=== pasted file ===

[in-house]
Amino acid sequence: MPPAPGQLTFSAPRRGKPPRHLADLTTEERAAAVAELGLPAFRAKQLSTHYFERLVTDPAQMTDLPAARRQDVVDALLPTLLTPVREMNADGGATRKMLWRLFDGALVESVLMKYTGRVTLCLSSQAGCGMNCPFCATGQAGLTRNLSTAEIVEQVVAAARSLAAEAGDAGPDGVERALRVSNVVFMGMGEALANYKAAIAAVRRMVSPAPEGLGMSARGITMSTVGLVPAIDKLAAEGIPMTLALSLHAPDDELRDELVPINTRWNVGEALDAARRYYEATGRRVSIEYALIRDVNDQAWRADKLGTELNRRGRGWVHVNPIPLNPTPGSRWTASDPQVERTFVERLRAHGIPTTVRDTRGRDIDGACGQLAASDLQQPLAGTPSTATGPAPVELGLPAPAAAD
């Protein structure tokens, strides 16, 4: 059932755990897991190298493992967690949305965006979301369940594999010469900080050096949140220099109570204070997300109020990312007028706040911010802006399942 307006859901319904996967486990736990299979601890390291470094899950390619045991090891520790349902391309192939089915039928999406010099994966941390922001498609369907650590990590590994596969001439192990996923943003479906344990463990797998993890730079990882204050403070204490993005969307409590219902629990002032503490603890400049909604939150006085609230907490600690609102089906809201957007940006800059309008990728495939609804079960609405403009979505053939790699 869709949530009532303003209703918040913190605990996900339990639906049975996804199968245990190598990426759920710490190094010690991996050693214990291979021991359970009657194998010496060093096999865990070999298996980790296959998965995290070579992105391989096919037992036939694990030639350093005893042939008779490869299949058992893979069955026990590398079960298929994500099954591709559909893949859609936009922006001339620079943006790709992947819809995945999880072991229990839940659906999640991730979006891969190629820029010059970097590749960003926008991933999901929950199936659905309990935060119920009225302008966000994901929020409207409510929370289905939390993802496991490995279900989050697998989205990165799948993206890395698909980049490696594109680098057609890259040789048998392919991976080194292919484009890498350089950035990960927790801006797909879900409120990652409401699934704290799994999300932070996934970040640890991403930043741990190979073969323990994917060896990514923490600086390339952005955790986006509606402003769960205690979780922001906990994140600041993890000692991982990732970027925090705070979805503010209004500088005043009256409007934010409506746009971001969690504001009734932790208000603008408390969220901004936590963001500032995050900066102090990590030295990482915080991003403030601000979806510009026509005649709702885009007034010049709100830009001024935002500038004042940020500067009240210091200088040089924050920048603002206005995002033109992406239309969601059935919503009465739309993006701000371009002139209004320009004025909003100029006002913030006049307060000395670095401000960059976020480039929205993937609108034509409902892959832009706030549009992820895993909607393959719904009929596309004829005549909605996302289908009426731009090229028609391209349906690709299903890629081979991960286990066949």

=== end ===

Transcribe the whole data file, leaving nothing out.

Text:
[in-house]
Amino acid sequence: MPPAPGQLTFSAPRRGKPPRHLADLTTEERAAAVAELGLPAFRAKQLSTHYFERLVTDPAQMTDLPAARRQDVVDALLPTLLTPVREMNADGGATRKMLWRLFDGALVESVLMKYTGRVTLCLSSQAGCGMNCPFCATGQAGLTRNLSTAEIVEQVVAAARSLAAEAGDAGPDGVERALRVSNVVFMGMGEALANYKAAIAAVRRMVSPAPEGLGMSARGITMSTVGLVPAIDKLAAEGIPMTLALSLHAPDDELRDELVPINTRWNVGEALDAARRYYEATGRRVSIEYALIRDVNDQAWRADKLGTELNRRGRGWVHVNPIPLNPTPGSRWTASDPQVERTFVERLRAHGIPTTVRDTRGRDIDGACGQLAASDLQQPLAGTPSTATGPAPVELGLPAPAAAD
């Protein structure tokens, strides 16, 4: 059932755990897991190298493992967690949305965006979301369940594999010469900080050096949140220099109570204070997300109020990312007028706040911010802006399942 307006859901319904996967486990736990299979601890390291470094899950390619045991090891520790349902391309192939089915039928999406010099994966941390922001498609369907650590990590590994596969001439192990996923943003479906344990463990797998993890730079990882204050403070204490993005969307409590219902629990002032503490603890400049909604939150006085609230907490600690609102089906809201957007940006800059309008990728495939609804079960609405403009979505053939790699 869709949530009532303003209703918040913190605990996900339990639906049975996804199968245990190598990426759920710490190094010690991996050693214990291979021991359970009657194998010496060093096999865990070999298996980790296959998965995290070579992105391989096919037992036939694990030639350093005893042939008779490869299949058992893979069955026990590398079960298929994500099954591709559909893949859609936009922006001339620079943006790709992947819809995945999880072991229990839940659906999640991730979006891969190629820029010059970097590749960003926008991933999901929950199936659905309990935060119920009225302008966000994901929020409207409510929370289905939390993802496991490995279900989050697998989205990165799948993206890395698909980049490696594109680098057609890259040789048998392919991976080194292919484009890498350089950035990960927790801006797909879900409120990652409401699934704290799994999300932070996934970040640890991403930043741990190979073969323990994917060896990514923490600086390339952005955790986006509606402003769960205690979780922001906990994140600041993890000692991982990732970027925090705070979805503010209004500088005043009256409007934010409506746009971001969690504001009734932790208000603008408390969220901004936590963001500032995050900066102090990590030295990482915080991003403030601000979806510009026509005649709702885009007034010049709100830009001024935002500038004042940020500067009240210091200088040089924050920048603002206005995002033109992406239309969601059935919503009465739309993006701000371009002139209004320009004025909003100029006002913030006049307060000395670095401000960059976020480039929205993937609108034509409902892959832009706030549009992820895993909607393959719904009929596309004829005549909605996302289908009426731009090229028609391209349906690709299903890629081979991960286990066949």